Weak food offering in some pubs highlighted

Food Ireland Champions (from left): Chris Molloy of the Lemon Tree Restaurant in Letterkenny, Fáilte Ireland’s Sinead Hennessy, Niall Sabongi of Klaw restaurant in Dublin, Seáneen Sullivan of Dublin's L Mulligan Grocer pub and Mark Murphy of Kerry’s Dingle Cookery School at the launch of Fáilte Ireland’s 2018-2023 report. Food Ireland Champions (from left): Chris Molloy of the Lemon Tree Restaurant in Letterkenny, Fáilte Ireland’s Sinead Hennessy, Niall Sabongi of Klaw restaurant in Dublin, Seáneen Sullivan of Dublin's L Mulligan Grocer pub and Mark Murphy of Kerry’s Dingle Cookery School at the launch of Fáilte Ireland’s 2018-2023 report.

The vast majority of overseas visitors are both surprised and satisfied by the overall quality of Ireland’s food and drink offering and return home having had a memorable experience but, prior to coming, their expectations of Irish food and drink had been lower.

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12 February 2018 | 0

As a result, the Irish tourism industry needs to work towards changing the perception of Irish cuisine amongst overseas visitors. It must reposition Irish food and drink from being a pleasant surprise to becoming one of the compelling reasons to visit Ireland, believes the Director of Commercial Development at Fáilte Ireland Paul Keeley.

He was speaking at a briefing to tourism and food & drink industry representatives on the publication of the tourism body’s new Food and Drink Strategy 2018 – 2023.

Among the weaknesses highlighted in the report was ‘an absence of or weak food offering in some Irish pubs’.

“To raise our game, we need to develop our capacity and performance within food in tourism businesses so that operators deliver a world-class offering that’s consistent and profitable,” he stated, “As part of this, we need to ensure that our visitor attractions use local foods to deliver an offering representative of place, we need to enhance our national menu in areas such as the Irish Breakfast, support pubs in bringing authentic experiences to life and assist the tourism industry in tailoring Ireland’s local food story.”

He believes that food and drink experiences play a substantial part in helping generate and sustain economic opportunity and development by increasing visitor numbers, dwell-time, spend and satisfaction in visited areas.

Great strides have been made over recent years in the quality of Ireland’s food and drink offering which now encompasses 16 whiskey distilleries, over 15 gin distilleries, more than 60 microbreweries, over 7,000 pubs and more than 2,400 restaurants (including 12 Michelin Star premises), over 60 food festivals, 160 farmer’s markets, 40 cookery schools and 27 active food networks.

“Food and drink consumption is an intrinsic part of the tourist experience,” he continued, “Quality experiences are now a major contributor to increasing holiday satisfaction, creating positive memories and driving advocacy.

“Amongst those deciding on a holiday location, the expectation of good food is nearly as important as hospitality. We undoubtedly have the product and expertise, we have natural produce, fresh ingredients and great fish and meat but we need to ensure that our food and drink offering gains a global reputation that matches the reality on the ground.”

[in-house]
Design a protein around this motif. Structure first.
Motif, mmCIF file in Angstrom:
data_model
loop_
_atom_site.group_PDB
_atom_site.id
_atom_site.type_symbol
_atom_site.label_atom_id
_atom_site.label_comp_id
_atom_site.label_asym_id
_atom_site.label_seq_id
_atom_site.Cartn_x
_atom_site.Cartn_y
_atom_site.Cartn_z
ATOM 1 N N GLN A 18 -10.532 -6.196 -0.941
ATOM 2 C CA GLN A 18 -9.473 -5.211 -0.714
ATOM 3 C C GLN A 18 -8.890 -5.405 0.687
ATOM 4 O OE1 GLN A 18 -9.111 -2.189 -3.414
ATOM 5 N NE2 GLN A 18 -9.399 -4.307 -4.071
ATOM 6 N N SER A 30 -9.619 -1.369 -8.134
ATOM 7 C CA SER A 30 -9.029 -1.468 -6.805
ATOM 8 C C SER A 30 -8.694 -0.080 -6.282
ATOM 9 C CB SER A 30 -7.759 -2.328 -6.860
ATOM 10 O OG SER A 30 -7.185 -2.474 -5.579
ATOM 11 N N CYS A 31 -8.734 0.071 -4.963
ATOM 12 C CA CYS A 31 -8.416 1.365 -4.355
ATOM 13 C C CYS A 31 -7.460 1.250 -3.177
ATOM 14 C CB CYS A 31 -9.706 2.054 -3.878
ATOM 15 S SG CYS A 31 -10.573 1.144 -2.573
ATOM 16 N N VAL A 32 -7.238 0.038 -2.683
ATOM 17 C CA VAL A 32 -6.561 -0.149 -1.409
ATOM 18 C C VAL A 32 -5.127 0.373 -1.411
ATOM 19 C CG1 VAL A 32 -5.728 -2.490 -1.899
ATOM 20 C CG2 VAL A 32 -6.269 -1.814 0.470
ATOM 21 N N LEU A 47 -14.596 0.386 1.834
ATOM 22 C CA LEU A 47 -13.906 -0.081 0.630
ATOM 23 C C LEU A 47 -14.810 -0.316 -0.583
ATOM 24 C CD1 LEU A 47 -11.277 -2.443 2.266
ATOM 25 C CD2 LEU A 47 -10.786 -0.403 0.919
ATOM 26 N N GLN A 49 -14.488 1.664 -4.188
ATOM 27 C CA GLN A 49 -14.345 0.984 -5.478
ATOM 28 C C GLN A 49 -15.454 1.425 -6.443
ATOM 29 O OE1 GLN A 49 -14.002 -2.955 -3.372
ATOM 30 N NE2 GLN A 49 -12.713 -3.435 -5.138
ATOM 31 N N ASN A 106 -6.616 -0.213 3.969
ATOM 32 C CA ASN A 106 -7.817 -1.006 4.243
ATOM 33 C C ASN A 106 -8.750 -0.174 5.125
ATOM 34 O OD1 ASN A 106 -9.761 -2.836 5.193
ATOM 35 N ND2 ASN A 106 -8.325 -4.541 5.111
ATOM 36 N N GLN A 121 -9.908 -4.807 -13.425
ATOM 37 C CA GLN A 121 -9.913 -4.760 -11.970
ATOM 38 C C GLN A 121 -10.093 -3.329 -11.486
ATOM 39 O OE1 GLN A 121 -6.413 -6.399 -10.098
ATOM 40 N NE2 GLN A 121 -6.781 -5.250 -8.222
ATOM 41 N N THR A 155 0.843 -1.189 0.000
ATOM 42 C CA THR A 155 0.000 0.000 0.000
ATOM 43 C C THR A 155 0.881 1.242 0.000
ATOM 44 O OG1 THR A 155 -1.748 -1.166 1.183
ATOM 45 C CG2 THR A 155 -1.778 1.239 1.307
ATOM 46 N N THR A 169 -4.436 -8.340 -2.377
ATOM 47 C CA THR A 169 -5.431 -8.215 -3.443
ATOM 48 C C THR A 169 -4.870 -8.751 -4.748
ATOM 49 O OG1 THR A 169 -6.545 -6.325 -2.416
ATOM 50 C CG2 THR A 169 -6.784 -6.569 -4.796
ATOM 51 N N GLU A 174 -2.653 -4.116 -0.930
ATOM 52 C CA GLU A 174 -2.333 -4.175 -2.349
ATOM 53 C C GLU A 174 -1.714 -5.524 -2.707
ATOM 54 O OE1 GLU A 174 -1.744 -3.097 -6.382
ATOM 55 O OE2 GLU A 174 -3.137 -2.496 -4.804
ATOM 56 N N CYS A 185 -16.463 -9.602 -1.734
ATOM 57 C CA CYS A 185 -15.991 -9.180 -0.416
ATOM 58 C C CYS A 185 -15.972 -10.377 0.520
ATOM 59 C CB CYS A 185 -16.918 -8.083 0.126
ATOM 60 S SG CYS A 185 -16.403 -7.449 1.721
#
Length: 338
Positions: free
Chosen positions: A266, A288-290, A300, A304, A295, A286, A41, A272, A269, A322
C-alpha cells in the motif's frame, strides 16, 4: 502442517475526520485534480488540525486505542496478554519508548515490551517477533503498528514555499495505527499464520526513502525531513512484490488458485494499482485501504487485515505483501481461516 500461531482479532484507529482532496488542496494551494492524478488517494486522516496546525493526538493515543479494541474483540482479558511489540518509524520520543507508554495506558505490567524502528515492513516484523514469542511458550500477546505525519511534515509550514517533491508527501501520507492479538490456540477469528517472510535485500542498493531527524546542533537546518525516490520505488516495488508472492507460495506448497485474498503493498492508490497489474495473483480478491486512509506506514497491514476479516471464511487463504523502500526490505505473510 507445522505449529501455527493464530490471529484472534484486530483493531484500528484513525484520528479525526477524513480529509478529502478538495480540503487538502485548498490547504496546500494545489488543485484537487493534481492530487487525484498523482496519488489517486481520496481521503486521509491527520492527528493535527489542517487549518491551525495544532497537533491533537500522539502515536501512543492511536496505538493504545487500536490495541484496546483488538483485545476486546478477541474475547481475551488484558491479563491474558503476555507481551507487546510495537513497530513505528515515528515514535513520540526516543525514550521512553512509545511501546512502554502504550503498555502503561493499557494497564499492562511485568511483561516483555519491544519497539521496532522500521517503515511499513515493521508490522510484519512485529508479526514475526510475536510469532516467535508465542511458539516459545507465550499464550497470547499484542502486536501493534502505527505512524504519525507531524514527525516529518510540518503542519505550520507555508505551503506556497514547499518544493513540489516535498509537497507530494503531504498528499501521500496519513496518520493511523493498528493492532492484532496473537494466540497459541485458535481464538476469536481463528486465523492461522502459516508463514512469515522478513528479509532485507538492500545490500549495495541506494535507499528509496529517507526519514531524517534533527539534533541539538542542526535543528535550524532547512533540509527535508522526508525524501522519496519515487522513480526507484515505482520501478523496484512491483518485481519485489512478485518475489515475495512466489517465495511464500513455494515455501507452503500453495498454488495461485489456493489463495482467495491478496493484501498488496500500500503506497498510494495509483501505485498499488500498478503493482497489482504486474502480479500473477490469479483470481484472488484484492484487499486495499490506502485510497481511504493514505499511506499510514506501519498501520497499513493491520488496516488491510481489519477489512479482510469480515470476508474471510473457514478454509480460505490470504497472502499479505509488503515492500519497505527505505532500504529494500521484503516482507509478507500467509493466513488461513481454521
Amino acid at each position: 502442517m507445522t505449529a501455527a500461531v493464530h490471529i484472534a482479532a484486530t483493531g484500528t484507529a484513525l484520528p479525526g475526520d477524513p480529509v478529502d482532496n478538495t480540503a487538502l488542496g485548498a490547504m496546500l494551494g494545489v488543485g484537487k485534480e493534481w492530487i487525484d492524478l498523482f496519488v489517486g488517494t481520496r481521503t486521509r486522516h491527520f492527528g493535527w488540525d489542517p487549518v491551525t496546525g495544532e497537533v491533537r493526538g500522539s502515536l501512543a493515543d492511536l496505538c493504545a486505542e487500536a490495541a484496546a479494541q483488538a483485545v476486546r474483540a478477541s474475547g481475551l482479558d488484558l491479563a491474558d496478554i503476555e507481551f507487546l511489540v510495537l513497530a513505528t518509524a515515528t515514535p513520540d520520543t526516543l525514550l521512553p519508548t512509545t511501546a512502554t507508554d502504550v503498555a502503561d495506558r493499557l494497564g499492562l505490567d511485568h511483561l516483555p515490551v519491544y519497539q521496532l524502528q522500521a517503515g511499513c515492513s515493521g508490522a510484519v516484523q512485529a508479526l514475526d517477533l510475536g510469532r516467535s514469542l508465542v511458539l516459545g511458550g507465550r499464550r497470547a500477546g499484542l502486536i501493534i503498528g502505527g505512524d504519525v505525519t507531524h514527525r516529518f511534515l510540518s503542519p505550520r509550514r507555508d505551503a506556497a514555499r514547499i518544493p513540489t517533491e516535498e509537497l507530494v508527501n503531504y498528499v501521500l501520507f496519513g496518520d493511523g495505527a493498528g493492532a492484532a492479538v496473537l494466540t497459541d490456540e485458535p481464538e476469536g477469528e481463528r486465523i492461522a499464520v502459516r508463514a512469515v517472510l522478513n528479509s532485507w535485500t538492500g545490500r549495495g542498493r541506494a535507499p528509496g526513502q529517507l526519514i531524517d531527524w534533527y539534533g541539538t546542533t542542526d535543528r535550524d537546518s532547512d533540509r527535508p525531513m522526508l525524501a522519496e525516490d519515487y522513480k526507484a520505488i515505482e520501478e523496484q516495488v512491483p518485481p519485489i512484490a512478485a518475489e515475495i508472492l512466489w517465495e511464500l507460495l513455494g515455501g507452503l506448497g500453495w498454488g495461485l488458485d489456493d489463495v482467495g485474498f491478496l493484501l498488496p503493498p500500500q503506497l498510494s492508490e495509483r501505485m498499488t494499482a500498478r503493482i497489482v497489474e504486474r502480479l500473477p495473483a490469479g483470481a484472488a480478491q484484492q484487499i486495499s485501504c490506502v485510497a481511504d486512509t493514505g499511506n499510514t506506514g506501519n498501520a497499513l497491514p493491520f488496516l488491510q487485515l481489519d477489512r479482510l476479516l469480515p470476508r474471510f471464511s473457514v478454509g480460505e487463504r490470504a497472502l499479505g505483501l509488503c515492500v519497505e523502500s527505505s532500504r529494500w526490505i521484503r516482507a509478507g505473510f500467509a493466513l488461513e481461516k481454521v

The full potential of Irish food has also been demonstrated in a new Fáilte Ireland promotional video.

The new Food and Drink Strategy seeks to increase the number of tourism businesses engaged with development initiatives while, overseas, it aims to increase and enhance the awareness and perception of Ireland’s food and drink offering.

In 2017, revenue from overseas visitors totalled €6.5bn with approximately a third – about €2 billion – spent on food and drink. By targeted investment and effective promotion of the quality food and drink experiences available, the report claims that food could help grow tourism revenue by as much as €400 million over the next five years.

The next steps to redefine the appeal of Irish cuisine are outlined in the Strategy along four key pillars:

  • Improved insights & innovation
  • Strengthening Ireland’s appeal
  • Driving industry capacity and performance
  • Delivering great visitor experiences.

 

Reacting to the publication of the Strategy the Head of the Department of Culinary Arts & Service Industries in the Galway International Hotel School at the Galway-Mayo Institute of Technology Jacinta Dalton – also a member of Fáilte Ireland’s Food Champions Programme (comprising members of the tourism, food and hospitality industry who champion and influence Irish food & cuisine) – said that the food and drink strategy for the next five years is hugely important for the Irish tourism.

“Whilst a lot of great work has been done in the last number of years to promote Irish food to visitors, this strategy is important in terms of a wider reach right across the sector and it’s important for all service providers at all levels to engage with this strategy and to ensure that Irish food and drink is featured on menus and promoted by front line staff,” she commented, “From my own perspective in tourism/hospitality & culinary education, it’s a hugely important document in terms of teaching students about the importance of local provenance in tourism.”

Ketty Elisabeth, Owner of Delicious Dublin tours in Dublin said that it’s very exciting to see that food and drink will be part of the tourism strategy.

“As a Fáilte Ireland Food Champion, it’s really exciting to see that the focus will be on food. We have an amazing offering already but now it’s to push it out there and to attract people internationally and change the perception of Irish food.”

 

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